#IWSG Day!

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February 1 question – If you are an Indie author, do you make your own covers or purchase them? If you publish trad, how much input do you have about what goes on your cover?

I’m a published author with independent small presses. My experiences with cover art are varied. And hindsight being 20/20, I should have done a better job with choosing the first batch of covers. But you learn. My very first cover I loved. It had a snowstorm urban noir feel I was aiming/hoping for. It did not scream romance and sold well–the first couple of months, anyway. No bared torsos or windswept hair. The second book in the series took place in the Caribbean and had an opposite mood. Palm trees bending as the wind for an incoming hurricane and purple and orange clouds blowing across the skyscape. I liked this part, but it’s also where the heads and bare torsos of my two main characters floated. Didn’t sell as well and some reviewers scolded me for taking too long to write it. Ah, well. The third one, yeah, not so much either. A very nice coastal landscape, dark with a lighthouse, but again, the floating couple and bare torsos. As I recall, this began to be viewed negatively in the reading/writing community.

You can probably date the publication year by the trend in covers at the time. I read somewhere readers are getting tired of historical book covers where the heroine has her back to the observer now?

I got the rights to my series back when the press folded and sent the books to another small press for publication. They did a wonderful job on all three covers, and it was easy to say yes to every single one with no regret. No floating heads and torsos. Dark and moody.

For the historical novella, the backdrop of Siena with the two main characters in the foreground, not floating, was an easy pick for me, though for a different publisher. I love the cover of the Renaissance Florence mystery, but it was a different process. This publisher asked me to find some stock photos/images I liked, and we’d work on them together. I found one we were all happy with, and it came out lovely. They folded too, unfortunately.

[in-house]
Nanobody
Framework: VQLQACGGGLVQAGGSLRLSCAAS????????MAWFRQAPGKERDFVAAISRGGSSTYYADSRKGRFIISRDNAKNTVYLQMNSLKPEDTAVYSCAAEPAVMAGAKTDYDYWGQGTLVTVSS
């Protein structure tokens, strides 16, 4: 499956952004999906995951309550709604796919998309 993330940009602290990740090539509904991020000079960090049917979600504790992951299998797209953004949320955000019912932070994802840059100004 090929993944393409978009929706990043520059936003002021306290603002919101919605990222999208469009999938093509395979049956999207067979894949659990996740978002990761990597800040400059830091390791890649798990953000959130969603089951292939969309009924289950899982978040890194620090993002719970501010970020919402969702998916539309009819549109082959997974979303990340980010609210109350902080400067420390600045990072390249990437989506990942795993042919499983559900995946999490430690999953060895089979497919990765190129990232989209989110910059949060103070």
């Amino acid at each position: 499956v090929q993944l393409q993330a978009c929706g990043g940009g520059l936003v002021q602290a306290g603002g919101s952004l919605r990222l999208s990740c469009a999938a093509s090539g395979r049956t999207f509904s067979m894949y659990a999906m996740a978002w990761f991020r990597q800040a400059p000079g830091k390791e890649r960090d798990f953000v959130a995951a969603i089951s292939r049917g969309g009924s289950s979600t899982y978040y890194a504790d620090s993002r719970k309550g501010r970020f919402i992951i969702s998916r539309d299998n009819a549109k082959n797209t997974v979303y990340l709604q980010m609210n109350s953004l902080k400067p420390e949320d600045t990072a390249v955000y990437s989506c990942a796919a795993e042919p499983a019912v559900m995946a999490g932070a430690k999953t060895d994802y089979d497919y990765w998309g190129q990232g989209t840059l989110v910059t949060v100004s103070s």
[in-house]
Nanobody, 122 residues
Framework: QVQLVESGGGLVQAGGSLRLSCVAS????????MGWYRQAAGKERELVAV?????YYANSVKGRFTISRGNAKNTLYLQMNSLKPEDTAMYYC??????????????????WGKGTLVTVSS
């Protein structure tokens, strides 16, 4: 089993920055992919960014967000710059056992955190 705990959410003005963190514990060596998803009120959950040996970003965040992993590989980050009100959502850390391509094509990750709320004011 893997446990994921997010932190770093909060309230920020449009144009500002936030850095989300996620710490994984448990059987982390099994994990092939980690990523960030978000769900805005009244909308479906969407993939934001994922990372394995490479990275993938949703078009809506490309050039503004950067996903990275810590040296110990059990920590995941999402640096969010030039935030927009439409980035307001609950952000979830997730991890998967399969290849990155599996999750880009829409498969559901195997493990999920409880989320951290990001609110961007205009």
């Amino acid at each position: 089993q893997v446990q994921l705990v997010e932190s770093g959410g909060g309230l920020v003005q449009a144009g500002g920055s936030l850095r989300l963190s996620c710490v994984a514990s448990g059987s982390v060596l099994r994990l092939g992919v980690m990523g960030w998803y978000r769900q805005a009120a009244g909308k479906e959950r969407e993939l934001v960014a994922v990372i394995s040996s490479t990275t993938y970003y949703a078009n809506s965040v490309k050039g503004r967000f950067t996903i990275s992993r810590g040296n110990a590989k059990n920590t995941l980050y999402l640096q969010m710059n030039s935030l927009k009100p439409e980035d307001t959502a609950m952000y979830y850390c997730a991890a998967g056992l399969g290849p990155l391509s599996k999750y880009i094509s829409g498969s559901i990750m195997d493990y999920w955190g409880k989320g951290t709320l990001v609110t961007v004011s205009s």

But speaking of book art in general, I wish there were more illustrations in books now, ala Plain Bad Heroines, though maybe there are, and I’m not finding them. I wish I could draw and make book art, as I’m caught up in making a mood board for #moodpitch and loving it a little too much 😊.


7 thoughts on “#IWSG Day!

  1. “HI read somewhere readers are getting tired of historical book covers where the heroine has her back to the observer now?”

    I wasn’t aware of that, but I can see why that might be happening. That style of cover seems to be pretty common. My theory about trends, whether we’re talking about covers or anything else: as soon as publishers identify a new trend, they start over-saturating the market with that trend, which then causes a backlash against the trend.

    So whenever somebody tells me to do something because it’s the trend, I take that with a grain of salt. I might still do it, but I need more of a reason than just “it’s the trend.”

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  2. It can be hard when you don’t have much control and your publisher doesn’t share your vision for the covers. I’m glad the new ones were something you were happy with. That makes a big difference for sure.

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  3. Thanks for your ideas. I think seeing the ‘back’ of the heroines less ‘busty’ than seeing the ‘fronts’, lol. Well, they were called bodice rippers at one time. 🙂

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